So many grammar debates, so little time. And here’s yet another one: Are proper adjectives a thing? Or are they really just proper noun elements within a common noun?
We will likely never know for sure….
However, it really doesn’t matter what you call them. They need some proper capitalization!
By Zac Kieser and Donna Reish
Oh, proper nouns and quotations. Where do I start to explain the myriad of difficulties that students (and adults!) have with these. Am I starting to sound more like Lamenting Lady than Language Lady in the openings to these Punctuation Puzzles? If so, I am sorry! When you have taught fifty to one hundred students (in second through twelfth grades) English/language arts every semester for nearly twenty years (and you write books and products for them literally every year for nearly two decades as well), you just start to really feel sorry for these precious people who have to navigate the grammar waters with all of its exceptions and varying rules. (Sympathetic, she is!?)
Merry Christmas from Language Lady and Character Ink Press! It is the time of good cheer, festivities, magical moments with children, celebrating the Nativity–AND grammar errors galore! Usage errors are to be expected since many of the things we are writing this time of year are things we only write once a year. It’s hard to remember grammar and usage protocols that we use daily, much less ones that we only use yearly. I hope this post will clear many of your Christmas grammar issues up!
1. Use three key words to introduce sentence types. Sometimes just shortening longer words to their base can make them easier for students to grasp. I like to use the punctuation marks as part of the key word teaching in phrases like these:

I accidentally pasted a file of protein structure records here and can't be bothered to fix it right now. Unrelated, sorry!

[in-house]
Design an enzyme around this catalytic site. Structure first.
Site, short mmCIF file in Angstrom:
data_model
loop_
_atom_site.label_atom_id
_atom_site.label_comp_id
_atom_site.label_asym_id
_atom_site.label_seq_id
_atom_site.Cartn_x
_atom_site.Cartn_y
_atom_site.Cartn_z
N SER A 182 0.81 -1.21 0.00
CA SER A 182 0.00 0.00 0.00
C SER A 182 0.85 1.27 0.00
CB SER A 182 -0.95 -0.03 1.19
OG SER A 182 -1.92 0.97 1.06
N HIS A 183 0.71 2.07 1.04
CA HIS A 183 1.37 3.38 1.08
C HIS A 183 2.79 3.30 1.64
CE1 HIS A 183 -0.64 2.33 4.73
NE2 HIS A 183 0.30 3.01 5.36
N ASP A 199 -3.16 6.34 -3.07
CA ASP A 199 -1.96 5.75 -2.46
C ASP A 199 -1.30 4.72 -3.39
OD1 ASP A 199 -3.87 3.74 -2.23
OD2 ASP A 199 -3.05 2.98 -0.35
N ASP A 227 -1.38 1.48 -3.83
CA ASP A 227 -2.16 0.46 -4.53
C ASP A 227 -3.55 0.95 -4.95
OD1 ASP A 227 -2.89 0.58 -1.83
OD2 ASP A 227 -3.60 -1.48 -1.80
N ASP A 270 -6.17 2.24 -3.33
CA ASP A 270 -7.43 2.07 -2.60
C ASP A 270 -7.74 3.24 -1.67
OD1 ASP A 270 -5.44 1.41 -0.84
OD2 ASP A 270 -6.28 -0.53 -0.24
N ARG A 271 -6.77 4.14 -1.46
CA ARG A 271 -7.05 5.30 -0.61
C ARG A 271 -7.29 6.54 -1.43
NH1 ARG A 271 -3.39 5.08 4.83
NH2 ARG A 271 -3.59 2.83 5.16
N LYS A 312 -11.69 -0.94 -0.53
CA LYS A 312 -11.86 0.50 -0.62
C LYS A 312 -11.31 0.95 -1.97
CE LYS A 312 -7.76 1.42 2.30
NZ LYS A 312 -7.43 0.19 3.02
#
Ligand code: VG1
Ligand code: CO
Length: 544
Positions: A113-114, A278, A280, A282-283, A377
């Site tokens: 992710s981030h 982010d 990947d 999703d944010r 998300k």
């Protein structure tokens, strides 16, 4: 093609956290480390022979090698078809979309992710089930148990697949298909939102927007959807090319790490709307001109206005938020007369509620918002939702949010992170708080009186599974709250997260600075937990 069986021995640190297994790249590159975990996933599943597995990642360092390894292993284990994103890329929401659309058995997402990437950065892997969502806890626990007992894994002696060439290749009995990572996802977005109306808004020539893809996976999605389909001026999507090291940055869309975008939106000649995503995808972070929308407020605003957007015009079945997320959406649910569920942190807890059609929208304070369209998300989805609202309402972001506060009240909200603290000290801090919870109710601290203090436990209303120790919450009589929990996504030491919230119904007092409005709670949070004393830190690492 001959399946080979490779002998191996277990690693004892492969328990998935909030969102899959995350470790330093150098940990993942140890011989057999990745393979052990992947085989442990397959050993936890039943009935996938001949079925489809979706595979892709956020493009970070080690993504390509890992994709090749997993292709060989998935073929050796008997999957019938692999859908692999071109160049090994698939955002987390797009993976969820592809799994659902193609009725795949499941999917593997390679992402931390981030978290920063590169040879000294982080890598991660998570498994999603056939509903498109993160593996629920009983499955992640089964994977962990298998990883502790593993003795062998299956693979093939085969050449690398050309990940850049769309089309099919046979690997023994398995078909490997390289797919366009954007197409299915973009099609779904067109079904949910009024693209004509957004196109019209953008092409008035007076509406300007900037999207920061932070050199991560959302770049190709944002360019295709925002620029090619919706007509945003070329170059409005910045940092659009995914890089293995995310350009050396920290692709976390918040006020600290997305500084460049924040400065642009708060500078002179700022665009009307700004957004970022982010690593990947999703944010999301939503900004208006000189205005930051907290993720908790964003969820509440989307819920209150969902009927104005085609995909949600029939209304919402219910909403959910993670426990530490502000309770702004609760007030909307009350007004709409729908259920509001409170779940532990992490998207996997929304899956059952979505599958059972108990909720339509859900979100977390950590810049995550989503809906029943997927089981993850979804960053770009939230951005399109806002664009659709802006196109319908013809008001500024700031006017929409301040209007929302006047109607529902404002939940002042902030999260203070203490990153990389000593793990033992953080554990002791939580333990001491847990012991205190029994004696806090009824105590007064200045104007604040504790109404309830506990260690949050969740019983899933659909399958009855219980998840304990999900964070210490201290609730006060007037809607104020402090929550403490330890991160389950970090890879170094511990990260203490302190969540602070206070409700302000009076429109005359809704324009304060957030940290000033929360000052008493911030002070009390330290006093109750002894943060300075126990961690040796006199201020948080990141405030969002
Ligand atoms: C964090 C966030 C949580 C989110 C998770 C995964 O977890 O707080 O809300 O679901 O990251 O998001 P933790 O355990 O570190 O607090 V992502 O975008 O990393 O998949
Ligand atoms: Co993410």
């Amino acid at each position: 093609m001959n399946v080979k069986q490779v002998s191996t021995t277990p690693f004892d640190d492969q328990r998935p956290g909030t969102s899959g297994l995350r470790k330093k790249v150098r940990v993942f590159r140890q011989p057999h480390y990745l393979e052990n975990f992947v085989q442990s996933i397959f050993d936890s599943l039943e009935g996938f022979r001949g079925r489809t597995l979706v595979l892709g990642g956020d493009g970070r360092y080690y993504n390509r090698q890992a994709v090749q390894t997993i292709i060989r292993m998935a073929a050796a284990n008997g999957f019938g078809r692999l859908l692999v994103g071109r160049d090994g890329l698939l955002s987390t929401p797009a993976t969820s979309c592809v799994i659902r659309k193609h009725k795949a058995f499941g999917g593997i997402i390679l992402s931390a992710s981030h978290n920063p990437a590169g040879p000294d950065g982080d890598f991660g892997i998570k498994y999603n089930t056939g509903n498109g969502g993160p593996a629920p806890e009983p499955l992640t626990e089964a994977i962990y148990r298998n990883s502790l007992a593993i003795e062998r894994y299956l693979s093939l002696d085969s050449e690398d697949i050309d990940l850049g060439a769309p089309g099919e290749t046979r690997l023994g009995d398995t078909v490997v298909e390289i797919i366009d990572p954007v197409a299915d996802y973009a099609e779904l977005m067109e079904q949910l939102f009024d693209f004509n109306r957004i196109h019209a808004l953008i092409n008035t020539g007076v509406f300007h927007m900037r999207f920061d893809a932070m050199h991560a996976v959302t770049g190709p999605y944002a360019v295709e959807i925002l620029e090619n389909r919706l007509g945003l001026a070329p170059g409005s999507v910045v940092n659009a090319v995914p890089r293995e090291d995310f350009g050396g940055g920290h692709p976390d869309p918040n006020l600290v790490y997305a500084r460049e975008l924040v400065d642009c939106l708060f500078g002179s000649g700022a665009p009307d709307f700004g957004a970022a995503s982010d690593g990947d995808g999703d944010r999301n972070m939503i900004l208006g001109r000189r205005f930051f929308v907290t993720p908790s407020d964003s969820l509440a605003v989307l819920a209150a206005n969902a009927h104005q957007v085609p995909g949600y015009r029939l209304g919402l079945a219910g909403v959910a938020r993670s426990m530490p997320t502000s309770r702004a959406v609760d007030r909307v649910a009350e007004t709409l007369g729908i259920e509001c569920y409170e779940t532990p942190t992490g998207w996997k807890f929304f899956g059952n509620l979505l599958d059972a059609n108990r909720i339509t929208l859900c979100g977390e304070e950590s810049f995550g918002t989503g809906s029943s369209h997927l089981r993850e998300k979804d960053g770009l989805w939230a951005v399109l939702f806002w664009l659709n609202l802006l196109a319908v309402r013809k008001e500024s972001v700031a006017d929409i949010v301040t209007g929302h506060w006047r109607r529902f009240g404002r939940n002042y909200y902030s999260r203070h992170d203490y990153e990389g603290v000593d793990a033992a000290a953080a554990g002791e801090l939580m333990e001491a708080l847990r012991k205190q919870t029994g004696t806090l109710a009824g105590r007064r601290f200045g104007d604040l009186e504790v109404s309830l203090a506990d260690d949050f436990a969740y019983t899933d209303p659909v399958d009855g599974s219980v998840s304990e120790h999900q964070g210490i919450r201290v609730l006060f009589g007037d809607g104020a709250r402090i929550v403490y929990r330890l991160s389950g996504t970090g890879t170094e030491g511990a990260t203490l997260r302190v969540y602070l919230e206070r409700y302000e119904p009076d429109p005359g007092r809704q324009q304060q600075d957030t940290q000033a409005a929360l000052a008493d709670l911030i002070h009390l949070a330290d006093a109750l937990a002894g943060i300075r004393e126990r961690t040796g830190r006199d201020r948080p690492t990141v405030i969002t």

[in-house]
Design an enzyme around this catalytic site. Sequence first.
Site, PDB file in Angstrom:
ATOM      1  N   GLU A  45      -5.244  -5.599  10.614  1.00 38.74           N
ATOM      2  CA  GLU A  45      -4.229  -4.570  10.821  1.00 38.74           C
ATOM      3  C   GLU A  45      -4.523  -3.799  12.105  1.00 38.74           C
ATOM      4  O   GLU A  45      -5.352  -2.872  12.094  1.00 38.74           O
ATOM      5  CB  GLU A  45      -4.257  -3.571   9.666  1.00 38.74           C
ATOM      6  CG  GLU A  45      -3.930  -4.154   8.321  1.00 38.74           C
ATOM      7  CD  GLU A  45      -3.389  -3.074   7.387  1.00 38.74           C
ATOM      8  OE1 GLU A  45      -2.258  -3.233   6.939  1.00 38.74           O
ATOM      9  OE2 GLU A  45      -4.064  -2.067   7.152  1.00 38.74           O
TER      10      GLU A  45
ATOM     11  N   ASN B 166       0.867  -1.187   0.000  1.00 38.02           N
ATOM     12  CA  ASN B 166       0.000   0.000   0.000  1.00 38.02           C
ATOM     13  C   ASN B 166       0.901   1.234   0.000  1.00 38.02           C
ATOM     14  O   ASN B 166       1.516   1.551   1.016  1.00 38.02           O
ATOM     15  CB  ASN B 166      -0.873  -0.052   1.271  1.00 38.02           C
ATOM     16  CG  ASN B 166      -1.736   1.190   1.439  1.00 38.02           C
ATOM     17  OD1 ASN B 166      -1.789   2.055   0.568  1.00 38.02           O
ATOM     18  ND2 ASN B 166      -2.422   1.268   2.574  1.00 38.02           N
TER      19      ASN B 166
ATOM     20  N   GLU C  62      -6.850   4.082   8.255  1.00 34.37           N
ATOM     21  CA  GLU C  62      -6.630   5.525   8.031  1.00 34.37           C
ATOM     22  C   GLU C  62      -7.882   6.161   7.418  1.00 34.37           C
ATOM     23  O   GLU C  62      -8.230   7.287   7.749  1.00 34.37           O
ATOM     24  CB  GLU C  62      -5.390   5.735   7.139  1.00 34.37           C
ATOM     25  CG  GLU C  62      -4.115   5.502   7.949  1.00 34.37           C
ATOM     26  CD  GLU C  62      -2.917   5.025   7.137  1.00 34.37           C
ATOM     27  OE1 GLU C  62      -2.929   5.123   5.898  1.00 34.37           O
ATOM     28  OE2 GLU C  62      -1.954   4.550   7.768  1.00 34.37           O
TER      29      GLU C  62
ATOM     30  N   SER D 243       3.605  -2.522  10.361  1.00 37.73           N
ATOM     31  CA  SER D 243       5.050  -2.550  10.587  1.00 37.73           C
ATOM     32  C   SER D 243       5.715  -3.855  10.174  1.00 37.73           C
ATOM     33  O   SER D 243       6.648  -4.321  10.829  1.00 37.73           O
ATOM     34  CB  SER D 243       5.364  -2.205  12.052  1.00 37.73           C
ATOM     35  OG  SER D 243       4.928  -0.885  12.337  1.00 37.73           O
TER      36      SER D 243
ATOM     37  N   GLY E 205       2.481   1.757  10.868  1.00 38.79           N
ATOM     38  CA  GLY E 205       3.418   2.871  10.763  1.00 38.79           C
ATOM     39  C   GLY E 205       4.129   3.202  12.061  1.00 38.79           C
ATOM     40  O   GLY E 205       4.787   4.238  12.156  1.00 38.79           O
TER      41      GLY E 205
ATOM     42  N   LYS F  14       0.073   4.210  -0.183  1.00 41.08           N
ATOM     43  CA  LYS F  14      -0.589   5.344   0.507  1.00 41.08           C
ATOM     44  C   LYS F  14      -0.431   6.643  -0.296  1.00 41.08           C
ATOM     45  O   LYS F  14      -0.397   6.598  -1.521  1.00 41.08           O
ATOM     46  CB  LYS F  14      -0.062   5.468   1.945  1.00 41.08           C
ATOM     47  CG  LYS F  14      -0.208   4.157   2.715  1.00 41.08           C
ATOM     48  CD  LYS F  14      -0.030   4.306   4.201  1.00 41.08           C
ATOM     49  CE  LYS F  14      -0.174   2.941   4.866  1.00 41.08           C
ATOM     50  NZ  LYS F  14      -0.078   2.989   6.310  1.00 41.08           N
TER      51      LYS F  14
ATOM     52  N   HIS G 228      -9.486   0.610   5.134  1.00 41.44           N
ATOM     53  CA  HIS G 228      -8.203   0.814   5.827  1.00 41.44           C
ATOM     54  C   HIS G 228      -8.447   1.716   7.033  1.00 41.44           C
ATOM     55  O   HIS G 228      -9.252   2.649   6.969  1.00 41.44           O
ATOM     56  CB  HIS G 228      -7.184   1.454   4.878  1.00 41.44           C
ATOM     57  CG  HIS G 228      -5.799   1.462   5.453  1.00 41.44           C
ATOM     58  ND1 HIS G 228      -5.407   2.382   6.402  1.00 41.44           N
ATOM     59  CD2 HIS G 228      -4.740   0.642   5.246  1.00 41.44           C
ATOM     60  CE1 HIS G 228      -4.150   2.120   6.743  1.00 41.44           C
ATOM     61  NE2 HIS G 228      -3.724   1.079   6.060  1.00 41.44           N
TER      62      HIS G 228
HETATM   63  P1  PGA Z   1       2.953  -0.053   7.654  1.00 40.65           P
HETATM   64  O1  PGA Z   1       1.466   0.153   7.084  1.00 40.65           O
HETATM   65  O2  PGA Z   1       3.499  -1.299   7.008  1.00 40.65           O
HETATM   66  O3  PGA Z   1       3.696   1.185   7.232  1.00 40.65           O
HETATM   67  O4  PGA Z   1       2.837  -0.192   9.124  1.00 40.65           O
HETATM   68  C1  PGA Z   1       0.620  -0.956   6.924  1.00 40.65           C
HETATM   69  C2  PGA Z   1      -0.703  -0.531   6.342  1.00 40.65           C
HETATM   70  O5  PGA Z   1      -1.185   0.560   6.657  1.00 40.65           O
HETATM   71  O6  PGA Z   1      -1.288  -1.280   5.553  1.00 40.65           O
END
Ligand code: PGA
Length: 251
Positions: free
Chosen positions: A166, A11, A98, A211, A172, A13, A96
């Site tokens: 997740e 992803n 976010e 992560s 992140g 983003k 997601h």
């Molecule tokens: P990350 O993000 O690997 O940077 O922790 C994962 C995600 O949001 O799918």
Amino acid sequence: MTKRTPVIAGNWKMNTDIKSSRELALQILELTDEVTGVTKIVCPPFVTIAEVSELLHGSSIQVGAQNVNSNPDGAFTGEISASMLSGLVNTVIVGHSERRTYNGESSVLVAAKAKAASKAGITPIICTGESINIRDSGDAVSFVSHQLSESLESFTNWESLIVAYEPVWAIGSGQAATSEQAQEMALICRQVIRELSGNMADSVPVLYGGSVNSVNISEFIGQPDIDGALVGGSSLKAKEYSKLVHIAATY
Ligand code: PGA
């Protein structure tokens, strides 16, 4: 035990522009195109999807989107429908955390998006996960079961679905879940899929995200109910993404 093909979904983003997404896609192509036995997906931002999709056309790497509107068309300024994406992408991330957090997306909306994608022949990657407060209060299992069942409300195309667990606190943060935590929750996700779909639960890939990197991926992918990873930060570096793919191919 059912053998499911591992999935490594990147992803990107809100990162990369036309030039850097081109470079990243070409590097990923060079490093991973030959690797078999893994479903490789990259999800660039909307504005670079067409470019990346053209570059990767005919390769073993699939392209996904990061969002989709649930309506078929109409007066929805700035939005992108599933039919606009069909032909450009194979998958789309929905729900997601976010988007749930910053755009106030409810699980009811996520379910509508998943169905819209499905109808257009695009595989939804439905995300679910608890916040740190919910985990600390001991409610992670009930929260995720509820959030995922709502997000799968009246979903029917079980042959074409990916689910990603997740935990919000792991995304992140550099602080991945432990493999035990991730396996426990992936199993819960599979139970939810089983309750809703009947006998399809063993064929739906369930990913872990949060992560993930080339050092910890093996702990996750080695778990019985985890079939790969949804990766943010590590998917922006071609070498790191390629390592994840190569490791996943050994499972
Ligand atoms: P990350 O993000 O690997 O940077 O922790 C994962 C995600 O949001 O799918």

a) Declarative–You DECLARE something. Just stating something.
b) Interrogative—Are you a suspect in an INTERROGATION room getting questioned?
c) Exclamatory—You EXCLAIM something in loud words with an exclamation point!
Most second graders learn about three types of sentences—the declarative, interrogative, and exclamatory. Children do not have a lot of trouble with the three types of sentences—it is relatively easy to discover the difference between a statement (or declarative sentence) and a question (or interrogative sentence), etc.
Again, the problem most writers (of all ages) have is not determining what the ending punctuation should be for a sentence or determining if a sentence should begin with a capital letter or not. The real difficulty lies in determining whether a group of words is a sentence or not a sentence. We will examine that more closely as the next month progresses.
Sentence openers. Non-essential information. Dress up openers. Introductory material. Or my personal definition: “A word or group of words that is put at the beginning of a REAL (complete sentence) to add more detail, different sentence rhythm, interest, and variety.”
Regardless of what you call them, they can be tricky to teach for sure. And the biggest obstacle I have seen to teaching them is the simple problem of students not knowing whether a sentence is a real sentence to begin with. Students will never get a good handle on sentence openers (also called introductory material or non-essential information at the beginning of a sentence) UNTIL they have a handle on what a sentence contains.